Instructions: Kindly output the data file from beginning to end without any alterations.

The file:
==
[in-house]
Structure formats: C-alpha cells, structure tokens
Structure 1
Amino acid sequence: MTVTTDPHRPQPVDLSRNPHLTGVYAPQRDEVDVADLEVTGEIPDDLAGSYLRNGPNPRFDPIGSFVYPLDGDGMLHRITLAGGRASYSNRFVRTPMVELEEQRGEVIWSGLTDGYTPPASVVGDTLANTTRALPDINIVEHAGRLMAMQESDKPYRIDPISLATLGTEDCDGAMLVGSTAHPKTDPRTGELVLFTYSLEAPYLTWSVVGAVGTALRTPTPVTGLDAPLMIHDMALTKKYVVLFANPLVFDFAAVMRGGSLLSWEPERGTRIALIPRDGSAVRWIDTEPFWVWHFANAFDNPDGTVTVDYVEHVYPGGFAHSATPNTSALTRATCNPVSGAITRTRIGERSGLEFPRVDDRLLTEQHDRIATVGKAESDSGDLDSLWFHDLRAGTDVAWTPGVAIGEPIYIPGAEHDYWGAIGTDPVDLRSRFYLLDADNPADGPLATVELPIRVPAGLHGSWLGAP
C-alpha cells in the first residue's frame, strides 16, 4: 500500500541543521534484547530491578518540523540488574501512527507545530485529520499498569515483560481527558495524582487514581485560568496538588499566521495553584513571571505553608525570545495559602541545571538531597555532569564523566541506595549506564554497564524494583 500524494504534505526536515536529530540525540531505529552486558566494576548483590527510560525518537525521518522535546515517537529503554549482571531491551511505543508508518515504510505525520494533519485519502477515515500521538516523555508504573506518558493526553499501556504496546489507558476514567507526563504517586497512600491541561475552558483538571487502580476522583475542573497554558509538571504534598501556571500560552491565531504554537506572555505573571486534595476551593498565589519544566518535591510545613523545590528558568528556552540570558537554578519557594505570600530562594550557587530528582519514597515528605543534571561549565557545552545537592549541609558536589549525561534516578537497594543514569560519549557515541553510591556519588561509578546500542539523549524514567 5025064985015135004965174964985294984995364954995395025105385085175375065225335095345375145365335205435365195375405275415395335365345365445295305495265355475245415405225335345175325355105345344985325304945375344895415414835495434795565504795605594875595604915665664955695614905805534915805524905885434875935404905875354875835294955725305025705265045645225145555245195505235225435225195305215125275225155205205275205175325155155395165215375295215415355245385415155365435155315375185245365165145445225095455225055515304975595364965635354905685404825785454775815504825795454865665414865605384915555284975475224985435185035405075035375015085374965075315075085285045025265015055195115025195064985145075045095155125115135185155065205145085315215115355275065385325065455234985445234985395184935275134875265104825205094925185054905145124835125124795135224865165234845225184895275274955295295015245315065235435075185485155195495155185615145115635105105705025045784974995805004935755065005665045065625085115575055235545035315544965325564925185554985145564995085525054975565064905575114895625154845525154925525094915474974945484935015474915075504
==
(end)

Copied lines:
[in-house]
Structure formats: C-alpha cells, structure tokens
Structure 1
Amino acid sequence: MTVTTDPHRPQPVDLSRNPHLTGVYAPQRDEVDVADLEVTGEIPDDLAGSYLRNGPNPRFDPIGSFVYPLDGDGMLHRITLAGGRASYSNRFVRTPMVELEEQRGEVIWSGLTDGYTPPASVVGDTLANTTRALPDINIVEHAGRLMAMQESDKPYRIDPISLATLGTEDCDGAMLVGSTAHPKTDPRTGELVLFTYSLEAPYLTWSVVGAVGTALRTPTPVTGLDAPLMIHDMALTKKYVVLFANPLVFDFAAVMRGGSLLSWEPERGTRIALIPRDGSAVRWIDTEPFWVWHFANAFDNPDGTVTVDYVEHVYPGGFAHSATPNTSALTRATCNPVSGAITRTRIGERSGLEFPRVDDRLLTEQHDRIATVGKAESDSGDLDSLWFHDLRAGTDVAWTPGVAIGEPIYIPGAEHDYWGAIGTDPVDLRSRFYLLDADNPADGPLATVELPIRVPAGLHGSWLGAP
C-alpha cells in the first residue's frame, strides 16, 4: 500500500541543521534484547530491578518540523540488574501512527507545530485529520499498569515483560481527558495524582487514581485560568496538588499566521495553584513571571505553608525570545495559602541545571538531597555532569564523566541506595549506564554497564524494583 500524494504534505526536515536529530540525540531505529552486558566494576548483590527510560525518537525521518522535546515517537529503554549482571531491551511505543508508518515504510505525520494533519485519502477515515500521538516523555508504573506518558493526553499501556504496546489507558476514567507526563504517586497512600491541561475552558483538571487502580476522583475542573497554558509538571504534598501556571500560552491565531504554537506572555505573571486534595476551593498565589519544566518535591510545613523545590528558568528556552540570558537554578519557594505570600530562594550557587530528582519514597515528605543534571561549565557545552545537592549541609558536589549525561534516578537497594543514569560519549557515541553510591556519588561509578546500542539523549524514567 5025064985015135004965174964985294984995364954995395025105385085175375065225335095345375145365335205435365195375405275415395335365345365445295305495265355475245415405225335345175325355105345344985325304945375344895415414835495434795565504795605594875595604915665664955695614905805534915805524905885434875935404905875354875835294955725305025705265045645225145555245195505235225435225195305215125275225155205205275205175325155155395165215375295215415355245385415155365435155315375185245365165145445225095455225055515304975595364965635354905685404825785454775815504825795454865665414865605384915555284975475224985435185035405075035375015085374965075315075085285045025265015055195115025195064985145075045095155125115135185155065205145085315215115355275065385325065455234985445234985395184935275134875265104825205094925185054905145124835125124795135224865165234845225184895275274955295295015245315065235435075185485155195495155185615145115635105105705025045784974995805004935755065005665045065625085115575055235545035315544965325564925185554985145564995085525054975565064905575114895625154845525154925525094915474974945484935015474915075504